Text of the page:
Iceland is becoming an increasingly popular destination to travel in recent years. And when we got a fantastic deal on our flights, we didn’t hesitate to book our trip. We decided to go in June, as we tend to enjoy hikes and didn’t want to contend with freezing temps. Plus, we enjoyed long days since the sun didn’t set until midnight. It’s not the best time to visit Iceland if you have a desire to see the Northern Lights, but there is so much to see and experience in this interesting country.
- Blue Lagoon is one of the most iconic landmarks in Iceland. We actually came directly from the airport after we arrived. It was perfect because it was early and not too many people were there. I would suggest you come first thing in the morning to beat the crowds later in the day. I linked my tips for visiting the Blue Lagoon when you visit.
2. Glacier Lagoon and Diamond Beach. I link these two destinations together because they are literally adjacent to one another. Personally, this was my favorite part of Iceland. It is nearly 5 hours from Reykjavik so you will need to rent a vehicle (which we did) or go with a tour. We spent the night in a town called Vik, which is about half way between the two towns.
3. Skogafoss Waterfall is a gorgeous place to visit and there is the opportunity for a hike while you’re here. You can get beautiful pictures from both top and bottom of the falls. Once you are at the top you can trek along the water with spectacular views.
Take a scenic trek atop the Skogafoss Falls.
4. Golden circle. Traveling along the Golden Circle, you’re going to be greeted with some of the country’s most beautiful scenery. The Golden Circle is home to geysers, hot springs, craters and geological beauty formed by hundreds of thousands of years of volcanic activity.
Stop and see Geysir. It was the first geyser ever described in a printed source, and the english word geyser derives from this Geysir. You will find this along the Golden Circle. You will see it erupts every 5 min.
Gullfoss Waterfall is Iceland’s most iconic and beloved waterfalls on the Golden Circle. The water travels from the Glacier Langjokull and cascades 105 ft down Gullfoss’ two stages in a dramatic display of the raw power of nature.
Another must see along the Golden circle is Thingvellir National Park. This area is where Iceland’s stark geological processes are playing out right in front of you. It’s a unique place and you can see tectonic plates separating, beautiful scenery with plains, lakes and rivers. It’s about a 45 min drive from Reyjkavik.
You are greeted with waterfalls, plains, rivers and tectonic plate activity in Thingvellir National Park.
Thingvellir National Park is about a 45 minute drive from Reykjavik.
5. Reynisfjara Beach and Basalt Columns is home to the black sand beach and is the most famous beach on the South Coast of Iceland. The beautiful black sands, powerful waves and basalt columns make it a truly unique and fun place to visit.
Take a climb on the Basalt Columns on the Black sand beach.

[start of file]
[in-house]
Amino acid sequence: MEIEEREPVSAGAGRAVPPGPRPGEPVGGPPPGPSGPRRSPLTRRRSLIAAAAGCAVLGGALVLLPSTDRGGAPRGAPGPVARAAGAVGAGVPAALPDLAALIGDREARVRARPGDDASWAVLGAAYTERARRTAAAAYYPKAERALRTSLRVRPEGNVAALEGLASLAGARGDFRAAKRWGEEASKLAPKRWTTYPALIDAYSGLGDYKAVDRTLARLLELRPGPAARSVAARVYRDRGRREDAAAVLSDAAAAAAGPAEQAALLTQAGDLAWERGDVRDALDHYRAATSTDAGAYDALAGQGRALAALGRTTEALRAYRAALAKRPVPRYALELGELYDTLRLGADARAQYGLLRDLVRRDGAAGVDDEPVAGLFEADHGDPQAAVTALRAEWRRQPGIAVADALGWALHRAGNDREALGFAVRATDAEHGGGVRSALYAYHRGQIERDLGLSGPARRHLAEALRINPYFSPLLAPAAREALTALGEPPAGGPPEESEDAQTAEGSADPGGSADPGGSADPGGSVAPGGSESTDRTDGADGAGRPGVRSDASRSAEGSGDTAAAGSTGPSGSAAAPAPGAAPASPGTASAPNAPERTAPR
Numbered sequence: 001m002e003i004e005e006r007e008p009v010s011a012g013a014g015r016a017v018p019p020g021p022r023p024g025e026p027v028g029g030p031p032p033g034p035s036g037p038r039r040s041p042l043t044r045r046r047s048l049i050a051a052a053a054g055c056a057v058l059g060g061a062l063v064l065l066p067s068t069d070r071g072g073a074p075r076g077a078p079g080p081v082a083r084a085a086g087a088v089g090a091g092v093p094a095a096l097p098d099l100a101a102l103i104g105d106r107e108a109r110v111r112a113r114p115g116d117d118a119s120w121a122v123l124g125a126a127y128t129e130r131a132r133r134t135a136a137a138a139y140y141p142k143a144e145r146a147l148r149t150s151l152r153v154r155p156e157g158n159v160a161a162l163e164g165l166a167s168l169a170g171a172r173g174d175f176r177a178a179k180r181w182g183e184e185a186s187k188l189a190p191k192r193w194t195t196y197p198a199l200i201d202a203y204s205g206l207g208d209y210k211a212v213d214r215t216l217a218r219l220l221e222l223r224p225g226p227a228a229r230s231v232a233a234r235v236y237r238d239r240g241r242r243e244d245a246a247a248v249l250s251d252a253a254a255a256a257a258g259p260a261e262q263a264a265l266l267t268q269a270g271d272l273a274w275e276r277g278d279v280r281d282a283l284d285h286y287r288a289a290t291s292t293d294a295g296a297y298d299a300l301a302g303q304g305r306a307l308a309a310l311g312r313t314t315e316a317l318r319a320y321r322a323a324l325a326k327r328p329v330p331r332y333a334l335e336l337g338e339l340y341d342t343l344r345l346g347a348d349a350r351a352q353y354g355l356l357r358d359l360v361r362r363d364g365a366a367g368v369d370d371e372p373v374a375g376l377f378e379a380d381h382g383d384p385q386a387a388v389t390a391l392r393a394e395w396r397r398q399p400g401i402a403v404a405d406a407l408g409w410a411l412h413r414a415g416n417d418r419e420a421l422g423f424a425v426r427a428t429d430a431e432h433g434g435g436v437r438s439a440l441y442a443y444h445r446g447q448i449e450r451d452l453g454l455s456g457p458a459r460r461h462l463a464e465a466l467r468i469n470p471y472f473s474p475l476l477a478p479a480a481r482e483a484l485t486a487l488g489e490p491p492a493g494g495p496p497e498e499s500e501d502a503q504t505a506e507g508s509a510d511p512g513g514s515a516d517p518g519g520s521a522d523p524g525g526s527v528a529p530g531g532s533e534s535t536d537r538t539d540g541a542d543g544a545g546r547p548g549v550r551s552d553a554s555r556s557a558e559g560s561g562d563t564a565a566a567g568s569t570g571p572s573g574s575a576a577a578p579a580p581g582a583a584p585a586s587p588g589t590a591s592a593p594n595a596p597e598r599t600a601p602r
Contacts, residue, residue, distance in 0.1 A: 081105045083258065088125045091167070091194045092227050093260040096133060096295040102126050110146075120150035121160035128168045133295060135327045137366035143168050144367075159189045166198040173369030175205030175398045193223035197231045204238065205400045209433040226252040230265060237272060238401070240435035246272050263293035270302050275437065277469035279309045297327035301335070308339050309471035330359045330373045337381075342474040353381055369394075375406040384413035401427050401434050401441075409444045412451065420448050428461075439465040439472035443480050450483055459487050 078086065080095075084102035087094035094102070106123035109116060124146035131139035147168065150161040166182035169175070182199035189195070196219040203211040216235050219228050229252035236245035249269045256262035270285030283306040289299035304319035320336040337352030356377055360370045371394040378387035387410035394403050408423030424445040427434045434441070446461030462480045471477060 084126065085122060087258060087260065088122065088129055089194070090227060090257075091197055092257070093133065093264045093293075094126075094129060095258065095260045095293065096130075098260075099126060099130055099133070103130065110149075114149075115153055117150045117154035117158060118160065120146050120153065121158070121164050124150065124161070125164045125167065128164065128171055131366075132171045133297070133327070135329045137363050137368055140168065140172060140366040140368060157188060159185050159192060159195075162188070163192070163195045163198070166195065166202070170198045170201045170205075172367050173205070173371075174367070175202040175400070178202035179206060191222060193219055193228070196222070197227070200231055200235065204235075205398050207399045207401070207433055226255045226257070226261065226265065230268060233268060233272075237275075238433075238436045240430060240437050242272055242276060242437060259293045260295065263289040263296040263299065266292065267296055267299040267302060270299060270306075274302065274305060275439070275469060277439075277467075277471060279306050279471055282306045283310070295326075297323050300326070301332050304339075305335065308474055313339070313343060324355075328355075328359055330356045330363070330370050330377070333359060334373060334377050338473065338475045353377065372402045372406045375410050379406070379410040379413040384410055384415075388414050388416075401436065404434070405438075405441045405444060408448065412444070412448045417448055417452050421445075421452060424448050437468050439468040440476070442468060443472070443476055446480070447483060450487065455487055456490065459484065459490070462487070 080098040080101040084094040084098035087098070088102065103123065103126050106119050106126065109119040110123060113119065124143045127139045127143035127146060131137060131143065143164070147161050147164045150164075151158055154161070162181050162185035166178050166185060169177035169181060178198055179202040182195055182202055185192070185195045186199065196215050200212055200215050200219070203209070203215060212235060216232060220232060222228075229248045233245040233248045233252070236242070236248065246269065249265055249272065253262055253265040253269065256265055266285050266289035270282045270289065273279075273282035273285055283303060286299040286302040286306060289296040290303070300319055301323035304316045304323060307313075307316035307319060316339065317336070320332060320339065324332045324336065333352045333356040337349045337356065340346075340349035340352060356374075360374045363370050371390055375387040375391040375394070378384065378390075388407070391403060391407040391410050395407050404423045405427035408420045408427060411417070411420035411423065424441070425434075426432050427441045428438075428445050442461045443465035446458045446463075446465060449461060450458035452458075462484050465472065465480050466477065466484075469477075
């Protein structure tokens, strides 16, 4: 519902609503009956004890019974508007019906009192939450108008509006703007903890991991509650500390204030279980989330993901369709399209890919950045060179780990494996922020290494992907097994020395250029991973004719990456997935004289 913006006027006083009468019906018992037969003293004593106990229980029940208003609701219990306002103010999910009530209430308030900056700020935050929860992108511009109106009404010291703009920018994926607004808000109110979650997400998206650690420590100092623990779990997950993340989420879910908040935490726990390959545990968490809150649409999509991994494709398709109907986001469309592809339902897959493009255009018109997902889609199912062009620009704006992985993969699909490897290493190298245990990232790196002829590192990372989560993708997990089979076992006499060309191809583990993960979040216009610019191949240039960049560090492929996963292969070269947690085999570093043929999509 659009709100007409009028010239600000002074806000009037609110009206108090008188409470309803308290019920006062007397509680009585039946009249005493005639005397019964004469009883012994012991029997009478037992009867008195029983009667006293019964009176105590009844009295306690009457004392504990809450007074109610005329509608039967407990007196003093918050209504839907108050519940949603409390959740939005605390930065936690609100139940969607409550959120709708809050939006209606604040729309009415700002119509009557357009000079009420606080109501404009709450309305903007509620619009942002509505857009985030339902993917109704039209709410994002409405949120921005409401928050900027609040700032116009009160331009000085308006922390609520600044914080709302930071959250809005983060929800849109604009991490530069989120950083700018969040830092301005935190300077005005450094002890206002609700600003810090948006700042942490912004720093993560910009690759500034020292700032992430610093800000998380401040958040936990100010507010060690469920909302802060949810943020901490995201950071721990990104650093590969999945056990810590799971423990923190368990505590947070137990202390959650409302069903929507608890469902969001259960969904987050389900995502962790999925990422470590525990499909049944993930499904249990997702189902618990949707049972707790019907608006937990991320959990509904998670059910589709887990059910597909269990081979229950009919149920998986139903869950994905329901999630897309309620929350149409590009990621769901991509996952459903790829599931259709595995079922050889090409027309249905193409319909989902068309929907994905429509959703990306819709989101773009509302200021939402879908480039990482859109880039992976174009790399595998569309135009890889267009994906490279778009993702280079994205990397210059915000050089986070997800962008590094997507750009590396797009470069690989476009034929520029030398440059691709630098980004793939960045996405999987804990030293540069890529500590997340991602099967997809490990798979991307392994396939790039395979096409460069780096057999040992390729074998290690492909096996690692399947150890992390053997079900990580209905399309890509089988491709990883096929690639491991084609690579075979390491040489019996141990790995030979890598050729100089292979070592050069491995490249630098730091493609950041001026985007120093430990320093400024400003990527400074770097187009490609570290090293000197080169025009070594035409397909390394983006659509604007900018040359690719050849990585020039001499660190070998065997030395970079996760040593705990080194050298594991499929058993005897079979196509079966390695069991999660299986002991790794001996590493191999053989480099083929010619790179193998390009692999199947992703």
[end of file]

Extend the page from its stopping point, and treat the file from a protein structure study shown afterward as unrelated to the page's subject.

The Dyrholaey Peninsula is a promenade famed for its staggering views of Iceland’s South coast with it’s historic lighthouse. Take a walk to see the abundance of birdlife and the migration of puffins.
Reynisdrangar are impressive rock formations situated near the shore of Reynisfjara’s black sand beach.
6. Do a Puffin tour. We booked an extreme puffin tour (https://www.fromcoasttomountains.com/ingolfshofdi-puffin-tour) and it was worth it. It was an adventure as we took a 30 min tractor ride to the base of the cliff and had another 30 min hike. The views were amazing and we did see a lot of puffins.
After a 30 min tractor ride, we had another 30 min hike to the cliffs to see the puffins.
Take a puffin tour while visiting Iceland. We took the Ingólfshöfði puffin tour which is linked above.
7. Hallgrimskirkja church for the best views of Reykjavik. Head to the clock tower for impressive birds eye view of the Nations capital. The church looks like a spaceship and it’s a quick walk from anywhere in the city.
Head to the clock tower of the Hallgrimskirkja church for outstanding views of Reykjavik.
8. Harpa Concert Hall is an award winning building situated in the Old Harbour. Completed in 2011 by Henning Larsen Architects, this is a magnificent structure both outside and in.
The Harpa Concert Hall is magnificent.
9. Seljalandsfoss Waterfall is located in the South Region and is fully encircled. Take a walk behind the waterfall and feel the power of the water. Make sure you have rain gear because you will get soaked.
Be sure to wear rain gear when you walk behind Seljanlandfoss Waterfall.
10.Svartifoss Waterfall is located in the Skaftafell/Vatnajökull National Park . The hiking trails in the park are well signed. Walking to the Svartifoss takes about 60-90 minutes (2 kilometer). The trail is easy and leads slightly uphill. At the Visitor center in Skaftafell, which is open all year around, a lot of information is available. It is not necessary to get a map with the trail to Svartifoss waterfall, but it also gives a lot of information about where you are.
There are so many wonderful things to see in Iceland which is why I would suggest renting a vehicle because you never know what beauty you will stumble upon.